A lingua franca (
Lingua francas have developed around the world throughout human history, sometimes for commercial reasons (so-called "trade languages" facilitated trade), but also for cultural, religious, diplomatic, and administrative convenience, and as a means of exchanging information between scientists and other scholars of different nationalities. The term is taken from the medieval
Lingua franca refers to any language used for communication between people who do not share a native language. It can refer to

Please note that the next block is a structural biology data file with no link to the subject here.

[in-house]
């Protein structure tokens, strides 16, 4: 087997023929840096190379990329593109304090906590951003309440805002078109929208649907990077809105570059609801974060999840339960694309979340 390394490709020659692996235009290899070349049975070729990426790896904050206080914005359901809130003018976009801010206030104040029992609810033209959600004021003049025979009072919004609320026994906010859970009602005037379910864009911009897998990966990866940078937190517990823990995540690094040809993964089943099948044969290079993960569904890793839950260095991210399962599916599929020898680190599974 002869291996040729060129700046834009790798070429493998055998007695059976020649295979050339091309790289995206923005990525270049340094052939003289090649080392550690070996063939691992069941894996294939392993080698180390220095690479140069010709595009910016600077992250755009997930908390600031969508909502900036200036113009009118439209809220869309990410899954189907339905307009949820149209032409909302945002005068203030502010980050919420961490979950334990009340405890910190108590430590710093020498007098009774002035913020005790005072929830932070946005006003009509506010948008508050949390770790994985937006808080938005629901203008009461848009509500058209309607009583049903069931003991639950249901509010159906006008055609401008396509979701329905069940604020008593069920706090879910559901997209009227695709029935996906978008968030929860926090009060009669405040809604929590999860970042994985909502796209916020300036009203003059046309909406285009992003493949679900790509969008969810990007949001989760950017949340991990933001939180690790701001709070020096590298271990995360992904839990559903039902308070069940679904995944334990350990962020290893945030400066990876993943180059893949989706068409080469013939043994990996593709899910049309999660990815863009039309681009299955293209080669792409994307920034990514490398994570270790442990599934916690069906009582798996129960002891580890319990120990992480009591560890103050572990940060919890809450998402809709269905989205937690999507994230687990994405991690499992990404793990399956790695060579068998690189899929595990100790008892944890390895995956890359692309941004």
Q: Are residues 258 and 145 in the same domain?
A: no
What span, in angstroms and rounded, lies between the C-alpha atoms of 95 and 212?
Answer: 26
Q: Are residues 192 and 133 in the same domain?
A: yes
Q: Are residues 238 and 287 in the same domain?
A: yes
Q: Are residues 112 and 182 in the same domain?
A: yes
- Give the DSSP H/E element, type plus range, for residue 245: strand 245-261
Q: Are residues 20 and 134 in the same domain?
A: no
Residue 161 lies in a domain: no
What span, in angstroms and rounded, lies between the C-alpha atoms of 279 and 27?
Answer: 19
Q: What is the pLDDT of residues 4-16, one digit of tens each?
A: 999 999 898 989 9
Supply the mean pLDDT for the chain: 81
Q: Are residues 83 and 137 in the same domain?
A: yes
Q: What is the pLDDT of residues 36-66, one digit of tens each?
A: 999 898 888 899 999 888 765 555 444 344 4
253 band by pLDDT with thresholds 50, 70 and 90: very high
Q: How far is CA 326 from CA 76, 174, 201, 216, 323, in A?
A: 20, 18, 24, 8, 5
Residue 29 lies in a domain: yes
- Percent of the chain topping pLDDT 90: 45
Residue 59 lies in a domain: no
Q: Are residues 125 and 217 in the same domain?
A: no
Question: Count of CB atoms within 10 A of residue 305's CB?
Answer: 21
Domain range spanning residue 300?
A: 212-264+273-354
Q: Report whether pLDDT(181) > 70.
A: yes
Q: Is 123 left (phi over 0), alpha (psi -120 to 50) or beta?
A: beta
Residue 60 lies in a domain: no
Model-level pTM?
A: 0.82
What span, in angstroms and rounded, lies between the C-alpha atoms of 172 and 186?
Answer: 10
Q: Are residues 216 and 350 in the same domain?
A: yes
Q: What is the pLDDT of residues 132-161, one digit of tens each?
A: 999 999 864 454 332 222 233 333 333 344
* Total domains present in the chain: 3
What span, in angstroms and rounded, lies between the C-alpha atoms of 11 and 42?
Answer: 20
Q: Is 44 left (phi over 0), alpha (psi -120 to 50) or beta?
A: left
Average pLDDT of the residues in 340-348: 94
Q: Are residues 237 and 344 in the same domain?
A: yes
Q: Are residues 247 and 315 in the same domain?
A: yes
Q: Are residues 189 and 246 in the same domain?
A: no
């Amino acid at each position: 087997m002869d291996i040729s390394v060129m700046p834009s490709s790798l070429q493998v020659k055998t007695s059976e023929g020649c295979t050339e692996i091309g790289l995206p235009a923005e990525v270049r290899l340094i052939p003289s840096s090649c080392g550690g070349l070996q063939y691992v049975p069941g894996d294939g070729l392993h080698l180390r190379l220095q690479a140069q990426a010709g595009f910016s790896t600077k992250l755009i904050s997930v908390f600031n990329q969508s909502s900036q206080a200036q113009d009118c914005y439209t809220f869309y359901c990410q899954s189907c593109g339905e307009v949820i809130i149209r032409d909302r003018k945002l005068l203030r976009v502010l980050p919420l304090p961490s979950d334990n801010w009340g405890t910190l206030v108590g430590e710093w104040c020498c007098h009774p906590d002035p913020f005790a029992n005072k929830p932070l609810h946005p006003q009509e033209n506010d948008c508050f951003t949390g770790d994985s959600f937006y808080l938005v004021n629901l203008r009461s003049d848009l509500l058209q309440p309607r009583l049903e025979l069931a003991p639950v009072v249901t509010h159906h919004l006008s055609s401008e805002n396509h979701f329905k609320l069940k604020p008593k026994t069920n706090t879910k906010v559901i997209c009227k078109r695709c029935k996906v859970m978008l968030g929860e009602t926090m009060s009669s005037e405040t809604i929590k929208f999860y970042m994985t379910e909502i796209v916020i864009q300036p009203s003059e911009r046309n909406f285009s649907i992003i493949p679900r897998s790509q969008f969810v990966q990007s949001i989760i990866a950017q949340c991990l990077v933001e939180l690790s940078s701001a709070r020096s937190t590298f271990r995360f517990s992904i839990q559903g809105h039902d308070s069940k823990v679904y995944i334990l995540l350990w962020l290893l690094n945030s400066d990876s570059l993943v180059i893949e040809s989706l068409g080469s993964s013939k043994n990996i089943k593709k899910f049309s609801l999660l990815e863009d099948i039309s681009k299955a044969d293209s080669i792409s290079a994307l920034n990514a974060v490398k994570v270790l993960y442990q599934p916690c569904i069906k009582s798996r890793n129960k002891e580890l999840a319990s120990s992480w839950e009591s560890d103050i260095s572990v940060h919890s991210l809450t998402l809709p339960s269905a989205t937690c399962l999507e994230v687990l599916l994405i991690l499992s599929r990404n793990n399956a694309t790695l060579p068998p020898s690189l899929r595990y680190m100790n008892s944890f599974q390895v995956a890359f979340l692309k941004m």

Lingua francas are often pre-existing languages with native speakers, but they can also be pidgin or creole languages developed for that specific region or context. Pidgin languages are rapidly developed and simplified combinations of two or more established languages, while creole languages are simply pidgins that evolve and are passed onto later generations. Pre-existing lingua francas such as French are used to facilitate intercommunication in large-scale trade or political matters, while pidgins and creoles often arise out of colonial situations and a specific need for communication between colonists and indigenous peoples . Pre-existing lingua francas are generally widespread, highly developed languages with many native speakers. Conversely, pidgin languages are very simplified means of communication, containing loose structuring, few grammatical rules, and possessing no native speakers. Creole languages are more developed than their ancestral pidgins, utilizing more complex structure, grammar, and vocabulary, as well as having native speakers .